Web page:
So, choose your luxuries – find your compromises, but make sure you do reward yourself.
DIY instead of buy
Now, as we’ve agreed to take our own coffee instead of buying it enroute, we can apply the same logic to our lunch. Making your own lunch will more than likely be a saving compared to buying it from the canteen or local shop.
Make it the night before to save a rush in the morning, or, if you’ve got the facilities to reheat them why not take in leftovers? To combat the boredom factor of eating last nights’ leftovers try freezing them and taking them in a couple of days later. Switch up leftovers, home made lunches and the occasional bought meal and pretty soon you’ll have a supply in the freezer that could double as an emergency dinner too.
Assuming £5 a day on lunch/coffee/etc. you’re looking at £100+ a month in savings and less wasted food at home.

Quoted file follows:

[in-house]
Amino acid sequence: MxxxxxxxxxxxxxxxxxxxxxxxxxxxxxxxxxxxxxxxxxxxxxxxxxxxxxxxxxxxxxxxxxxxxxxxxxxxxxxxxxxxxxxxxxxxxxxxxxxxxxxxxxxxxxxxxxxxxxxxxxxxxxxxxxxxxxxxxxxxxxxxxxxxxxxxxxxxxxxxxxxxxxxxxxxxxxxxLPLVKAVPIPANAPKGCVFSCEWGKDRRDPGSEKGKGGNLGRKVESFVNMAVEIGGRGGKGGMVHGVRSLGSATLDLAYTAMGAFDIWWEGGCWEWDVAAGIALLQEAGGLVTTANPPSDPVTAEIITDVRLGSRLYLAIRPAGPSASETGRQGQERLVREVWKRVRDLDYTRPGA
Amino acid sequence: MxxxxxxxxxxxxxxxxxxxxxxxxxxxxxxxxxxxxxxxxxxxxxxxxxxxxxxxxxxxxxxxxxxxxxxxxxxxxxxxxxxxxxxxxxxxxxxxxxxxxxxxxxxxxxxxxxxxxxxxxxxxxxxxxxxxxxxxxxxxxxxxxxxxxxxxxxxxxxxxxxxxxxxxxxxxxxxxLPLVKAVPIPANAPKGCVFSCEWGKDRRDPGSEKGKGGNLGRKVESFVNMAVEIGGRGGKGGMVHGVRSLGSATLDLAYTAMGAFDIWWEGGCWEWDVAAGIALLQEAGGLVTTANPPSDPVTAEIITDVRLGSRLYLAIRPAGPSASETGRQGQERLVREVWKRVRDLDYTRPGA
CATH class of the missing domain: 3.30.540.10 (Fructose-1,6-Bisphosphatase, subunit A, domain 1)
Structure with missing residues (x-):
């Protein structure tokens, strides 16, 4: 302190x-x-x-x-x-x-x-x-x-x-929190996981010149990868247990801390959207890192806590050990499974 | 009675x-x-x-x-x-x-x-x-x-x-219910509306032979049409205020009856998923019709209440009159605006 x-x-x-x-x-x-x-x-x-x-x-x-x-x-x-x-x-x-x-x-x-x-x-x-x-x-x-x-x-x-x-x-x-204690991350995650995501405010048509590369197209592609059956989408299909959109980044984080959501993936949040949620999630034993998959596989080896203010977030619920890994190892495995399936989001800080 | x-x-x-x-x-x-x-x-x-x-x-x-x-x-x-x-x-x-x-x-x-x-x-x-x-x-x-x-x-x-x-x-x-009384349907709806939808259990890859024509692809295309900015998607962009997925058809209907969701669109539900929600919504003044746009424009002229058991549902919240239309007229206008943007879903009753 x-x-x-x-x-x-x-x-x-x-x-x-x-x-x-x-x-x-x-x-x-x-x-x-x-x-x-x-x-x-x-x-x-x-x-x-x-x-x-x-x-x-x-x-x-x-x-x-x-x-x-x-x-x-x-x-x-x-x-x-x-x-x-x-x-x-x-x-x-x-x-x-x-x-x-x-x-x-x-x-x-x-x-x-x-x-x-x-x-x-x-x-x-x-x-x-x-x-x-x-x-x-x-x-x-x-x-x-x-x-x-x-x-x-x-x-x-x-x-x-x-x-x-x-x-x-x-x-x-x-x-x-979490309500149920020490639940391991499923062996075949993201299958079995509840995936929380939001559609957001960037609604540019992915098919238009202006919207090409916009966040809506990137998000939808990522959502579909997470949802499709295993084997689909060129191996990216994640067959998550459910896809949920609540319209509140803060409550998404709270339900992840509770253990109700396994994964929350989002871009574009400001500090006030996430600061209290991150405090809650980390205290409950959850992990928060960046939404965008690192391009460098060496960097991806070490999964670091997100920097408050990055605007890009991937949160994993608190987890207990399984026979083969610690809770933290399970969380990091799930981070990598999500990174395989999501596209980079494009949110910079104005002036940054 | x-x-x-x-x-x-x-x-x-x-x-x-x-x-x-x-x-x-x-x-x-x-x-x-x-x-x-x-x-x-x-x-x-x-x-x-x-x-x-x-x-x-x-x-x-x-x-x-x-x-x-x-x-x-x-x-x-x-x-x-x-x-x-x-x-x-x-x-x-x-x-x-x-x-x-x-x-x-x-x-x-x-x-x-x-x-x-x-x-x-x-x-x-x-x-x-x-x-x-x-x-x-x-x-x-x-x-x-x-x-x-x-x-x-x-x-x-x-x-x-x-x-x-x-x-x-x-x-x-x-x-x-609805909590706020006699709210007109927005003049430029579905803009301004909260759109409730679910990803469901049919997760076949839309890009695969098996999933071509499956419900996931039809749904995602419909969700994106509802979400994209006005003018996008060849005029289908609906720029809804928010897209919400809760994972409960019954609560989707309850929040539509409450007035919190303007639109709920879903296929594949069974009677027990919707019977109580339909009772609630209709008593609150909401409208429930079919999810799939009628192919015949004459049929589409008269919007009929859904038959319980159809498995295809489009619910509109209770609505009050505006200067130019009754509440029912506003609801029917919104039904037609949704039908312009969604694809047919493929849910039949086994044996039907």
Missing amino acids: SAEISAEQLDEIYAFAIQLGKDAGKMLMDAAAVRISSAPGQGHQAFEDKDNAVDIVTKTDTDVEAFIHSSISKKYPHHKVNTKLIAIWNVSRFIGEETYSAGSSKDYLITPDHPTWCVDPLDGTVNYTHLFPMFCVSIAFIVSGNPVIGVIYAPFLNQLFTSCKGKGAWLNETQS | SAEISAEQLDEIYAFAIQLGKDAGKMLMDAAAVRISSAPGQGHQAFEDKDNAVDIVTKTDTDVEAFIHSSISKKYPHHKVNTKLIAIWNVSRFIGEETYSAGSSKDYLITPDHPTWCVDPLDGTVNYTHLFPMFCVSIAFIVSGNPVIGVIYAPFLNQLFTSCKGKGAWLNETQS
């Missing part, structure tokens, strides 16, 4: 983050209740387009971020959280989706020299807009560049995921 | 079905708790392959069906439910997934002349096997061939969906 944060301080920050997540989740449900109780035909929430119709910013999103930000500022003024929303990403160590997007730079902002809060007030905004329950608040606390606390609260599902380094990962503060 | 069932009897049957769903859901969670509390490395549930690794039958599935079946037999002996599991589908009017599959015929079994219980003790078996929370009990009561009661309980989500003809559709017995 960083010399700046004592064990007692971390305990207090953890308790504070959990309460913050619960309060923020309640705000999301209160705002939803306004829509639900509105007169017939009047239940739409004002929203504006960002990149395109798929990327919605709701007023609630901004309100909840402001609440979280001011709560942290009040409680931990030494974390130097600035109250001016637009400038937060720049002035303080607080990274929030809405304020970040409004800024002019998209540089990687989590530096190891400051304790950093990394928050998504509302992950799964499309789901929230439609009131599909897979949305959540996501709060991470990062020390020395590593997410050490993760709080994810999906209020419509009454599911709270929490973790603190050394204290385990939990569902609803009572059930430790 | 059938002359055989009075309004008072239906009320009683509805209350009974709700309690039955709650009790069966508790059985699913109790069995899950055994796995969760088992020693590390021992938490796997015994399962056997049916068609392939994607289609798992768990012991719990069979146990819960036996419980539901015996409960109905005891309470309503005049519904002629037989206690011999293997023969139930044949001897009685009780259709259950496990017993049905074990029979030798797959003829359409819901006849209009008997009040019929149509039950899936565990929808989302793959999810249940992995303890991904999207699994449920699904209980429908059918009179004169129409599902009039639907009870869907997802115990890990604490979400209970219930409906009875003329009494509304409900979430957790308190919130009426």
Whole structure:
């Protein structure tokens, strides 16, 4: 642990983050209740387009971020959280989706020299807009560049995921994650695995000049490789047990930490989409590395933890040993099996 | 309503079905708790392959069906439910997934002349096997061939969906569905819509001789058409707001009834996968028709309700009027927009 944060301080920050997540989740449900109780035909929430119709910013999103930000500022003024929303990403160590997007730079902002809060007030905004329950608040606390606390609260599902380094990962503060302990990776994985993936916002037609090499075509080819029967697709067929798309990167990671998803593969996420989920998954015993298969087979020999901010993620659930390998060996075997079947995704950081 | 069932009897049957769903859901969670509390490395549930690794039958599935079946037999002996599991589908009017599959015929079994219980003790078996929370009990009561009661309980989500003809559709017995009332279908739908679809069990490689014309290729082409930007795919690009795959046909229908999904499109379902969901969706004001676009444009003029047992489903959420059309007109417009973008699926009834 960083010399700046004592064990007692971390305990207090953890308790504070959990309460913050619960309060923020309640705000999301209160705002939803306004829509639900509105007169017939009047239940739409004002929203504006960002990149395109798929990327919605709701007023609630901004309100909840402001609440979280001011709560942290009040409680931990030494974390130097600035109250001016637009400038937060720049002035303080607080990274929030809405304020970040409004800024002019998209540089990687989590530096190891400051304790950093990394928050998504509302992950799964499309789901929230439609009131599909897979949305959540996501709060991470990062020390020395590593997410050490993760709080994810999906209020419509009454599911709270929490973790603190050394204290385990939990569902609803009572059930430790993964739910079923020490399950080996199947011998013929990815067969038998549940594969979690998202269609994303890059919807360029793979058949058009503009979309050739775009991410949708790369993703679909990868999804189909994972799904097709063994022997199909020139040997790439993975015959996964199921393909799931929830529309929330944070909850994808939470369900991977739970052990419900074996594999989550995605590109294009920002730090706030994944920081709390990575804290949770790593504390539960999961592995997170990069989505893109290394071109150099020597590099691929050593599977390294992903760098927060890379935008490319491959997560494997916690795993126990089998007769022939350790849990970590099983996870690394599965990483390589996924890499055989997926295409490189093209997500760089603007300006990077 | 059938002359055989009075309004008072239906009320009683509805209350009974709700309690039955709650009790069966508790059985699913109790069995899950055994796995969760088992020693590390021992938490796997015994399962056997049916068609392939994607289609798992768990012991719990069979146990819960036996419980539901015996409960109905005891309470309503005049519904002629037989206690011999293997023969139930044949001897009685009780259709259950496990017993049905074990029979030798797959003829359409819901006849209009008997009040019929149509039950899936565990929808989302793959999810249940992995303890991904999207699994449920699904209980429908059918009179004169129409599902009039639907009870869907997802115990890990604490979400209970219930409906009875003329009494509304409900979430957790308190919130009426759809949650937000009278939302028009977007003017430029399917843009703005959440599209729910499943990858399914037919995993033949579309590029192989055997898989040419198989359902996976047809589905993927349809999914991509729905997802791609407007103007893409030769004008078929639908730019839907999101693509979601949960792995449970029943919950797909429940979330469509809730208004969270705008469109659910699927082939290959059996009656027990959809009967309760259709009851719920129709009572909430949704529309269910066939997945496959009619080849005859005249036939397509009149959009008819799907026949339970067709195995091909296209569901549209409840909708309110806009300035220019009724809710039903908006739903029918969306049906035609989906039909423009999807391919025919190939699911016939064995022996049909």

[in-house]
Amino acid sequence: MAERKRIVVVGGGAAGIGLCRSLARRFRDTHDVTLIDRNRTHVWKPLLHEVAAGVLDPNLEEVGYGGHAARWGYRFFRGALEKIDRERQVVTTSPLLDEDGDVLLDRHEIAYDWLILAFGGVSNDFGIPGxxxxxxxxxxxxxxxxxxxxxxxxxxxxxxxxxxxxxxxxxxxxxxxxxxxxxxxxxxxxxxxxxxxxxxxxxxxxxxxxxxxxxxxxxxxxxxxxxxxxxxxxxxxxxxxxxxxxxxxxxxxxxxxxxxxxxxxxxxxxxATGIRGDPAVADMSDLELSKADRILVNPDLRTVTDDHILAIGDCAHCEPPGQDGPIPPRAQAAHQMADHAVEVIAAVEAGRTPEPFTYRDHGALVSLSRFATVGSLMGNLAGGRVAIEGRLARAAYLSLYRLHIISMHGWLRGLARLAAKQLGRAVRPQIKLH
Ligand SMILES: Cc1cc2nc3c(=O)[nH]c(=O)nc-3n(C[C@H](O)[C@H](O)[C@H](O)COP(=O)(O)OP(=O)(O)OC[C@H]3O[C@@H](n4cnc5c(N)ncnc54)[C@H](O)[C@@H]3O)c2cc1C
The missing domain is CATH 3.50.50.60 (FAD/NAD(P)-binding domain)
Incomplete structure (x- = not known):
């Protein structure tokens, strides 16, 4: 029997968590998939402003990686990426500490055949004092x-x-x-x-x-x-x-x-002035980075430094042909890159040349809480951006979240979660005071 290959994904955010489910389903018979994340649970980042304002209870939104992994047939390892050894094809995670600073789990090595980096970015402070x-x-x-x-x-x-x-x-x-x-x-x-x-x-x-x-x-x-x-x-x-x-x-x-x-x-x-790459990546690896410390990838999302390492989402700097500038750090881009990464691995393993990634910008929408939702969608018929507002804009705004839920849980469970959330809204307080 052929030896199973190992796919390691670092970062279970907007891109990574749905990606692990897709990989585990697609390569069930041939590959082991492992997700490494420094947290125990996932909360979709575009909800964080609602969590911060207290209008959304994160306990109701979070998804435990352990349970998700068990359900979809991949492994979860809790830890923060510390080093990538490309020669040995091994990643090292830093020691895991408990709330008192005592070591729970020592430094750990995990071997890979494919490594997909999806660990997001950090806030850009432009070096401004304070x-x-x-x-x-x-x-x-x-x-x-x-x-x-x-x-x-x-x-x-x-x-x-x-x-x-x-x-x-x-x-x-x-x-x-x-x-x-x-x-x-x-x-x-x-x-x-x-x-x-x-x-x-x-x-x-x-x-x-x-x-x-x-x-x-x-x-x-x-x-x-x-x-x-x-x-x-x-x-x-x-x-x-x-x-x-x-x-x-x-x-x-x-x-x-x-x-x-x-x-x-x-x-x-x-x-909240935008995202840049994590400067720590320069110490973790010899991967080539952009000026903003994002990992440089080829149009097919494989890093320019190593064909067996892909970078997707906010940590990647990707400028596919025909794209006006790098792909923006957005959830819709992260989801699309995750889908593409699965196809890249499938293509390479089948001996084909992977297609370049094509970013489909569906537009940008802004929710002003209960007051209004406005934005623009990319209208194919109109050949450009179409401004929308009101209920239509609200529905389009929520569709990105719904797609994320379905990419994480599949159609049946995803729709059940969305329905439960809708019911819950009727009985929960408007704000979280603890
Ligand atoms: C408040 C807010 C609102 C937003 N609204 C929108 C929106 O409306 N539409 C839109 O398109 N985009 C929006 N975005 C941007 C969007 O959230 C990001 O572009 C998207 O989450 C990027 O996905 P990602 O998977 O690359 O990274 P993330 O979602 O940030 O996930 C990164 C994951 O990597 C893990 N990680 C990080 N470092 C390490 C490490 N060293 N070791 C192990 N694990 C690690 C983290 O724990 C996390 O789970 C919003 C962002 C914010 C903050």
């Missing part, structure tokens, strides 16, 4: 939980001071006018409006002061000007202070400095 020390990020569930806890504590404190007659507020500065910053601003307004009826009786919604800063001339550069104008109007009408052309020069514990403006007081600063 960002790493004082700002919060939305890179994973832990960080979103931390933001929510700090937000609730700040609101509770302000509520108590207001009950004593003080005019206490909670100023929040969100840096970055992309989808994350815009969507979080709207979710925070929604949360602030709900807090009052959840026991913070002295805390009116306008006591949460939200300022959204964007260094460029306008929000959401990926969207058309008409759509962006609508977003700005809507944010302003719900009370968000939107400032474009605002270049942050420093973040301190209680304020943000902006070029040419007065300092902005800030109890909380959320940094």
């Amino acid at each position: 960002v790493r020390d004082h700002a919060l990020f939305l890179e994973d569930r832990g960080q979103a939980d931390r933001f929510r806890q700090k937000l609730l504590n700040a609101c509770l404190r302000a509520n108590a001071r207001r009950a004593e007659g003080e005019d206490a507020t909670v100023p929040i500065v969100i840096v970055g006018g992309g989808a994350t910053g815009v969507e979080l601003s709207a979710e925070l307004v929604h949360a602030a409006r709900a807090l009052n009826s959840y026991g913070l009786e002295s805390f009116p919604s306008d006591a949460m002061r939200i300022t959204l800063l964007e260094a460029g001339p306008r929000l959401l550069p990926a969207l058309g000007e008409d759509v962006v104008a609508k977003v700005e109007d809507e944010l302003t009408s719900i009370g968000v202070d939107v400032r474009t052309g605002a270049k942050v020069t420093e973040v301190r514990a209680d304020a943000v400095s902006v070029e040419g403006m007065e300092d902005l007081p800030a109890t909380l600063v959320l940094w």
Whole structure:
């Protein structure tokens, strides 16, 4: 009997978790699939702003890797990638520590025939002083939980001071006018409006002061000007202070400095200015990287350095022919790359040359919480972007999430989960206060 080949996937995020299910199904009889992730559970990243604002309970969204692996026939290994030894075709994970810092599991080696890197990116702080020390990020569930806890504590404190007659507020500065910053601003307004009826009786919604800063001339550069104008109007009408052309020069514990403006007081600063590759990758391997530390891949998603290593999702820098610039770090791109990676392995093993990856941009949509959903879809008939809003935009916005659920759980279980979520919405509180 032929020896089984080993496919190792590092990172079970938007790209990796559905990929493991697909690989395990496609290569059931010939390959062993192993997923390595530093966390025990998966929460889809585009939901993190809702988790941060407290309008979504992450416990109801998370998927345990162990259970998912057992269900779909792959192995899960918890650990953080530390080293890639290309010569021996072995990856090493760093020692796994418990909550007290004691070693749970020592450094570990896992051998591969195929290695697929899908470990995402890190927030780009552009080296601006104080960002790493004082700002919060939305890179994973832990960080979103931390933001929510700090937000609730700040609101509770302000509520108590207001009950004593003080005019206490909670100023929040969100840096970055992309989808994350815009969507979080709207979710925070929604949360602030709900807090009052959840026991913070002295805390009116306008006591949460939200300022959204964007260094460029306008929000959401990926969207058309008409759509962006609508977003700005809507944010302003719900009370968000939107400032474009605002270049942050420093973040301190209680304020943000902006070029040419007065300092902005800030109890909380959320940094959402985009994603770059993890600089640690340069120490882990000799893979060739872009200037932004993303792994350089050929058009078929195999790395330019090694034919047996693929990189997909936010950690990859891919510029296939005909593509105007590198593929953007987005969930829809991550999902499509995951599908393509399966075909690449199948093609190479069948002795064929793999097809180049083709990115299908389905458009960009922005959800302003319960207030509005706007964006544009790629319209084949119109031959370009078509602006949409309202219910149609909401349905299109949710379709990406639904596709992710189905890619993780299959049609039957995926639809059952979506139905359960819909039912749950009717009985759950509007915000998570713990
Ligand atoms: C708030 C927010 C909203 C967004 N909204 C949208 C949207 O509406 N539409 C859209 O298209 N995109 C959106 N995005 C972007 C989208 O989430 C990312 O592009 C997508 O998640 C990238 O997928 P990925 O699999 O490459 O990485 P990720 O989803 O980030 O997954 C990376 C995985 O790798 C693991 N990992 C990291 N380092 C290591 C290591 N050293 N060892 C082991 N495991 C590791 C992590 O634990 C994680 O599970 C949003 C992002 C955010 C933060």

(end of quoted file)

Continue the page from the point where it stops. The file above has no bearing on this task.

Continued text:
Estimated savings so far £2,726 per year / £227 per month
Save at the supermarket
Right, we’ve started on the DIY food, so let’s look at grocery shopping. You can save an unbelievable amount of money by really looking at your shopping habits and taking control of them.
I’ll use my coffee as an example, why is it that Waitrose, Sainsbury’s and Ocado charge £3.75 per 227g pack when I can get it from Asda at £2.50?
That’s a saving of 1/3 compared to the ‘premium’ supermarkets, or if you look at it from the other perspective, it’s 50% more expensive! 50%! Why would anyone pay 50% more than they needed to for their groceries? There are of course other supermarkets, and Tesco and Morrisons offer 2 for £6 on an almost permanent basis, so while it’s not as much, it’s still a saving of 25%.
This is just one example of a branded product, and as I’ll discuss shortly, do you really need to buy branded?
So, what is it again that the ‘premium’ supermarkets give you in value to justify a 50% price hike?
Granted, this is just one product, but you’ll find a similar difference in pricing across your shop.
The first suggestion in getting your groceries for less is to shop at a ‘budget’ supermarket. Certainly in this example there is no difference in quality either, it’s the same product, at much better value.
Do you need to buy branded?